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On stage, my method of choice is the effects loop of a Marshall stack.  I set up my sound so that it just works when going into the effects loop -- it's an unbiased sound, just neutral.  I leave all the cab sims on, and just use it for stage volume, since I go straight to the FOH and it works fine for me.  Usually I don't need to do anything in terms of EQ'ing (surprisingly).  I have a global EQ that gets rid of the boomy low-end, and it comes in handy sometimes.  So it's either the Global EQ on or off -- I never had to tweak it....

 

At home, when I build presets, practice, record or mix, I use Yamaha HS5.  I have them on stands on foam platforms.  I use this as my "single source of truth", whenever I need to make any adjustments.  So far, as per the sound guy, my balance has been very good, so the sound guy doesn't need to tweak anything.  He's happy, I'm happy.  

 

I also have a Headrush 108, that I keep in my car.  It's nice and light, plenty loud.  It's very bass-heavy, so I need to turn on the Global EQ that gets rid of the low end.  I just typically put it on the floor.  The only problem with it, is it has a very focused sound that projects straight forward, like a wedge monitor.  So if you are standing in front of it, it's loud, a few steps left/right and you can't hear anything, and the fact that it's very bass heavy.  

 

 

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4 hours ago, theElevators said:

The only problem with it, is it has a very focused sound that projects straight forward, like a wedge monitor.  So if you are standing in front of it, it's loud, a few steps left/right and you can't hear anything...

 

 

This is actually a design aspect of all modern PA type speakers.  In order to conserve energy in order to project evenly across long and wide areas they're designed to limit vertical coverage to about half the area of horizontal coverage when placed in their upright position.  So if it has a horizontal coverage of 180 degrees it will have something like a 90 degree coverage vertically.  So if you lay it on it's side as a monitor your horizontal coverage is limited and your vertical coverage is wide.  That's actually very functional in that in an upright position you're not wasting sound energy getting projected into ceilings or floors.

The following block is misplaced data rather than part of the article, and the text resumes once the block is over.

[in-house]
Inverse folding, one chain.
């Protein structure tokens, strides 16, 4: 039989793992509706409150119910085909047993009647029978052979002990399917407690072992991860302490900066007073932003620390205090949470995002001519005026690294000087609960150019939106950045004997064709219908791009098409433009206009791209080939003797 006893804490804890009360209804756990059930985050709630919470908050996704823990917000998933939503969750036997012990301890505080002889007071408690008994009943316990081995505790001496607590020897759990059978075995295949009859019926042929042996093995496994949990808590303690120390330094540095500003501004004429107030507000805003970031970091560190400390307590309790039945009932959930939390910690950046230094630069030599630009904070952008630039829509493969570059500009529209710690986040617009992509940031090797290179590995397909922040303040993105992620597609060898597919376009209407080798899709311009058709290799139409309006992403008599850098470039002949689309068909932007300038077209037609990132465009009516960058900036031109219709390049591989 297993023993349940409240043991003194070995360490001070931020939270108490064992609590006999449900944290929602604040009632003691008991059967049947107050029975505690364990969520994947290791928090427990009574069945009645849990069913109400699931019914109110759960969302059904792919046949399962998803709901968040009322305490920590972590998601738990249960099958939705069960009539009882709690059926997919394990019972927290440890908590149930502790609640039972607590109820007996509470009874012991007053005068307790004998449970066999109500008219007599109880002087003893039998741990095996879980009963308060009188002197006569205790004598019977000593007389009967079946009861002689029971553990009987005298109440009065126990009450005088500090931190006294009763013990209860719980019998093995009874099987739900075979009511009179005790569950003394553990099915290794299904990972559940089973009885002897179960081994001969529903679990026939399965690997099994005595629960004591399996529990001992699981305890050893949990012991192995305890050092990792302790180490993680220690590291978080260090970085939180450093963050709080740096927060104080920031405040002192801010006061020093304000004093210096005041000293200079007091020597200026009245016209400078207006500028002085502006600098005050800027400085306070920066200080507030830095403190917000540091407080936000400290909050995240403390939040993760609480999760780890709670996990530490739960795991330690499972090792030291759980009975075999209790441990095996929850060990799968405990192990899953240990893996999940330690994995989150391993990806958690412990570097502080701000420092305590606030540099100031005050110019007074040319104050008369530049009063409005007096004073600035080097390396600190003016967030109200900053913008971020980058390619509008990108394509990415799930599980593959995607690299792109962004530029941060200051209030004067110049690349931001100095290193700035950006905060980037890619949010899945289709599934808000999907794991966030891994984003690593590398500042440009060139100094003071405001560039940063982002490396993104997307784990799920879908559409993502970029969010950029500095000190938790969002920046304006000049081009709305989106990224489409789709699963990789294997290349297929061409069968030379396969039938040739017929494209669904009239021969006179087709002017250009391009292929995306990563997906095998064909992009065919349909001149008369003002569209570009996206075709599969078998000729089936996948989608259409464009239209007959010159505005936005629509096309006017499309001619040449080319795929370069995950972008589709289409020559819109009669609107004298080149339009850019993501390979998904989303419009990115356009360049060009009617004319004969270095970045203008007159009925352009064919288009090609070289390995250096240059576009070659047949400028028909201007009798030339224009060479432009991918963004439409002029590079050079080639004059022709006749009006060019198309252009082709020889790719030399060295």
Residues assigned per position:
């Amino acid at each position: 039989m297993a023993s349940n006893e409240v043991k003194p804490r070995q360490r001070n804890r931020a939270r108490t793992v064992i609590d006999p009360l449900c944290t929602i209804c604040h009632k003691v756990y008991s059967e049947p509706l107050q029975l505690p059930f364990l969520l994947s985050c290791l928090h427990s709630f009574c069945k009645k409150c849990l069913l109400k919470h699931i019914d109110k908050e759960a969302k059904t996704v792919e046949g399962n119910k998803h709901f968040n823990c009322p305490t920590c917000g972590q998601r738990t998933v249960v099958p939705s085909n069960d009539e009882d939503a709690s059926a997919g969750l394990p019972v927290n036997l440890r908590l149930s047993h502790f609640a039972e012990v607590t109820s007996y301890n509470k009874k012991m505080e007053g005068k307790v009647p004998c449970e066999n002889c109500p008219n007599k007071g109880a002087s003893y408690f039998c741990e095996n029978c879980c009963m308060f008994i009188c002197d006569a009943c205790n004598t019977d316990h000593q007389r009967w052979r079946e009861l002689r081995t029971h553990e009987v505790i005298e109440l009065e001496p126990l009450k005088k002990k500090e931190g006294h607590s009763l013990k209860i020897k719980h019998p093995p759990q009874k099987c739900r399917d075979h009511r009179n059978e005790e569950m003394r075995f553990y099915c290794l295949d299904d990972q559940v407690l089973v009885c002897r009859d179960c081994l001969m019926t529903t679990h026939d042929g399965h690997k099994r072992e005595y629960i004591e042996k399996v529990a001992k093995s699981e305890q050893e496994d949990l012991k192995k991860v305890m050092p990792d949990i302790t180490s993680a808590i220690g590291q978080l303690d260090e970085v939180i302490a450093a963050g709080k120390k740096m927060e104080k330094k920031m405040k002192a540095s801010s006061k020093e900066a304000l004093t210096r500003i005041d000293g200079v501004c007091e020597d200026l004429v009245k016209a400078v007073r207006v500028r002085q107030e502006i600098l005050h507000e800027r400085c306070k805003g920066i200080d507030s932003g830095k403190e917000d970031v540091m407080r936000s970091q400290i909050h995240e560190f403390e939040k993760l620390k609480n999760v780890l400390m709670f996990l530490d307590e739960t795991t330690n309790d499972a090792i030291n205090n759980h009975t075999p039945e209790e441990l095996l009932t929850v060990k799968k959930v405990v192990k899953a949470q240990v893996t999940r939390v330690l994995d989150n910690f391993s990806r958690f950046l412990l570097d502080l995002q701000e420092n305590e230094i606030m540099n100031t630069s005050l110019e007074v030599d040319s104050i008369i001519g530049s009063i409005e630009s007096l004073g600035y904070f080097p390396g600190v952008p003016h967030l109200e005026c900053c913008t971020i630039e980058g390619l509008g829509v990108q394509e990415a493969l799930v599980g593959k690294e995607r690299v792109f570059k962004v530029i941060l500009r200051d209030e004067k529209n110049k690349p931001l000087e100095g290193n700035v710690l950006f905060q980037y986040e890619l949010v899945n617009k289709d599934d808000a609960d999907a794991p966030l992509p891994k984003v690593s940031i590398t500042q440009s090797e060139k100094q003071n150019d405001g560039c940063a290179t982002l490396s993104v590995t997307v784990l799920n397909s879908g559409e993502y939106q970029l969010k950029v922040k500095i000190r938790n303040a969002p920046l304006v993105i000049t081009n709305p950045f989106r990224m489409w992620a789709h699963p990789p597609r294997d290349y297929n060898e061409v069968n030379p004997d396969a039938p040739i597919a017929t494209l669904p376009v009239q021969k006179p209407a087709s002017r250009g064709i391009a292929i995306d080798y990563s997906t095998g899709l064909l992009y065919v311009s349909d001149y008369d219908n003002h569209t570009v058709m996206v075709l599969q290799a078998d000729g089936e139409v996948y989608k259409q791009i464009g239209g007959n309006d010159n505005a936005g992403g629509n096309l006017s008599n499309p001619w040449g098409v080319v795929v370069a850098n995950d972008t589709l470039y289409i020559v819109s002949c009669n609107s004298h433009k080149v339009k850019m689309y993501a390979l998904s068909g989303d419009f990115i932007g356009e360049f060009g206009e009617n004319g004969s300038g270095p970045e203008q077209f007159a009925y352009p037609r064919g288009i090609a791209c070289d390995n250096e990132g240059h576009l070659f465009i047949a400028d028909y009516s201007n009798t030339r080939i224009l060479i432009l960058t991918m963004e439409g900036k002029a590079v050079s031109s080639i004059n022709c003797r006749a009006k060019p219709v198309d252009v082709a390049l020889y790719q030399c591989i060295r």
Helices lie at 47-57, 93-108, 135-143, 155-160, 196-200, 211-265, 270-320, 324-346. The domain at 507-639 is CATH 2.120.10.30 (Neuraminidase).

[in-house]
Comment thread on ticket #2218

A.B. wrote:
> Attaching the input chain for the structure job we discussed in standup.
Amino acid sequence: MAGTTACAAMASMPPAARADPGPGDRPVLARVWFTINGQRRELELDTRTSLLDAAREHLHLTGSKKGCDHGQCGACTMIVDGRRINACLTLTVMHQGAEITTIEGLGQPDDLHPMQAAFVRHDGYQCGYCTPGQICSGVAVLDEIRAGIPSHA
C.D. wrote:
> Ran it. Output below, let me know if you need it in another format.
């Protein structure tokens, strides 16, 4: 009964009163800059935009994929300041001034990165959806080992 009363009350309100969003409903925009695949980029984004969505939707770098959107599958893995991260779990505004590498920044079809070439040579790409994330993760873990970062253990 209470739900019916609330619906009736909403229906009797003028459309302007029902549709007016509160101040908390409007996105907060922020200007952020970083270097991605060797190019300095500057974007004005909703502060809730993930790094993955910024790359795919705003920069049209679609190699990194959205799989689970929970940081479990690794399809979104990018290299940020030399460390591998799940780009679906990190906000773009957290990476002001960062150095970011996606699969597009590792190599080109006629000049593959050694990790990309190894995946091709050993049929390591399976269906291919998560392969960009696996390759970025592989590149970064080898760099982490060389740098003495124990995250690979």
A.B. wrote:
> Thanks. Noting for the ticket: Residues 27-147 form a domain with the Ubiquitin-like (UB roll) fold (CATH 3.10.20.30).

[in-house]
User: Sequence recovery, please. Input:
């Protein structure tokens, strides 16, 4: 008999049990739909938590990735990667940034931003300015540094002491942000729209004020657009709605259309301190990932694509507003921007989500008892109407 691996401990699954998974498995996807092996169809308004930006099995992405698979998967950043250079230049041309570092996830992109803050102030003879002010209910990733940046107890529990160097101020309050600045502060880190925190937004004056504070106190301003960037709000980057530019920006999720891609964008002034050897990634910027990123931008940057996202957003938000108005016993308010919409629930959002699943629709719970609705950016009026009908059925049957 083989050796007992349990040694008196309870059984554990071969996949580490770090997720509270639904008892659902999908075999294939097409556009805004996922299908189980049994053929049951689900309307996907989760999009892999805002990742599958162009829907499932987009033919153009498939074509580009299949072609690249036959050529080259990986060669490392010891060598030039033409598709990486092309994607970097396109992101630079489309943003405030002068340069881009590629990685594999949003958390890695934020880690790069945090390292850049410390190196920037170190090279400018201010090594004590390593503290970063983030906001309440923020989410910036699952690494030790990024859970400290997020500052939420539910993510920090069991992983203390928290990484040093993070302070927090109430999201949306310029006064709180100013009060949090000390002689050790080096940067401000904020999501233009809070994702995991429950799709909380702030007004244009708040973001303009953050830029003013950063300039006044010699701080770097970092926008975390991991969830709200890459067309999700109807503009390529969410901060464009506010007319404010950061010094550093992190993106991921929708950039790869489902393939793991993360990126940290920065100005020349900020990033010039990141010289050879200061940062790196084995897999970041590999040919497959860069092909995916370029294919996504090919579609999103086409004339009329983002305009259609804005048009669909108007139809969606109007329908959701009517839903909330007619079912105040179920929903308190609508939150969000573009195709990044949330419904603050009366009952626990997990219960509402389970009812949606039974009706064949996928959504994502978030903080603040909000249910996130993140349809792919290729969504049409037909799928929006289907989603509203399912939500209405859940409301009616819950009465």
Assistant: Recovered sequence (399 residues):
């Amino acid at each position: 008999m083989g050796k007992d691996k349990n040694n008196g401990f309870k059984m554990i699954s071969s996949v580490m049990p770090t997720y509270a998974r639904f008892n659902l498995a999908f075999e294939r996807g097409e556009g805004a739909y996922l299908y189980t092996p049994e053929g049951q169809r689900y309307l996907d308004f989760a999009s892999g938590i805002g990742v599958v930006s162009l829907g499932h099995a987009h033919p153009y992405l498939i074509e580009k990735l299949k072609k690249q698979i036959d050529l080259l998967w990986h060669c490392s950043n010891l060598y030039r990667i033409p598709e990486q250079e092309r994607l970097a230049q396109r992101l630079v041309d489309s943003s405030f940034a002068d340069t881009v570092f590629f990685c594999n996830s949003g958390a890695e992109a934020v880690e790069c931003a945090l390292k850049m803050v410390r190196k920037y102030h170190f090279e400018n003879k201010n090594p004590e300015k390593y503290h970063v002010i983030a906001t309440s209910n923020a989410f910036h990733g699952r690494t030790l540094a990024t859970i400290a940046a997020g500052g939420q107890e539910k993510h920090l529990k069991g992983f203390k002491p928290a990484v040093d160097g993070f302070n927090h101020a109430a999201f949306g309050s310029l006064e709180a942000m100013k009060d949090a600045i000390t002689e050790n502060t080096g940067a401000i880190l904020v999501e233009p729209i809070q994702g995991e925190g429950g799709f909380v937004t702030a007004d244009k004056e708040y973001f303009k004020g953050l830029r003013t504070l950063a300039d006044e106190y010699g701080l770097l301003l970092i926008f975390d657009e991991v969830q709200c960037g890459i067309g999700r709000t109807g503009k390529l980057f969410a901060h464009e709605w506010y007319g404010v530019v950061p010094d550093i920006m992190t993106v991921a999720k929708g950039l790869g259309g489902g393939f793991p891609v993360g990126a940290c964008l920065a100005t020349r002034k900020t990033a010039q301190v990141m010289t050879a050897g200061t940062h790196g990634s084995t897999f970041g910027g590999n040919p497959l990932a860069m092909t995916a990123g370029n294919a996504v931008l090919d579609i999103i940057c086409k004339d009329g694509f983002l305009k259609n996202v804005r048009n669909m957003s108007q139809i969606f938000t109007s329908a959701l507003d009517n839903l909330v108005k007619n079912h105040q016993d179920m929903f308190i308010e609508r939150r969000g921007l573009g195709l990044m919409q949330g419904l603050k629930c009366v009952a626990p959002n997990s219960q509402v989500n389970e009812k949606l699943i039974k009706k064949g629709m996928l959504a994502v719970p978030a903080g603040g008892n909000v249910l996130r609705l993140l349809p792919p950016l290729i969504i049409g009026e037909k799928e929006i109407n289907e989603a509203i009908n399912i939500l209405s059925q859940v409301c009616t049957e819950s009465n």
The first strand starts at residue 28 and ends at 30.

We address that in our band by having more floor monitors spaced across the stage, but you could also address it as I used to by placing your monitor in an upright position and leaned back.

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I just monitor my guitar through my monitor mix.... sometimes it's through a wedge and sometimes it's through IEM's.  If we are on wedges and the monitor system is not up to par I carry a dedicated Cerwin Vega CVE 10. I find the Cerwin Vega can cover a stage and/or fill a small room just as well as any 20 - 40 watt amp can. 

 

In my home/project studio I have two sets of studio monitors. This is where I setup my tones.... and when I can get them sounding good on both sets of monitors, the tone translates very well across the majority of FOH/Monitor setups I might come across.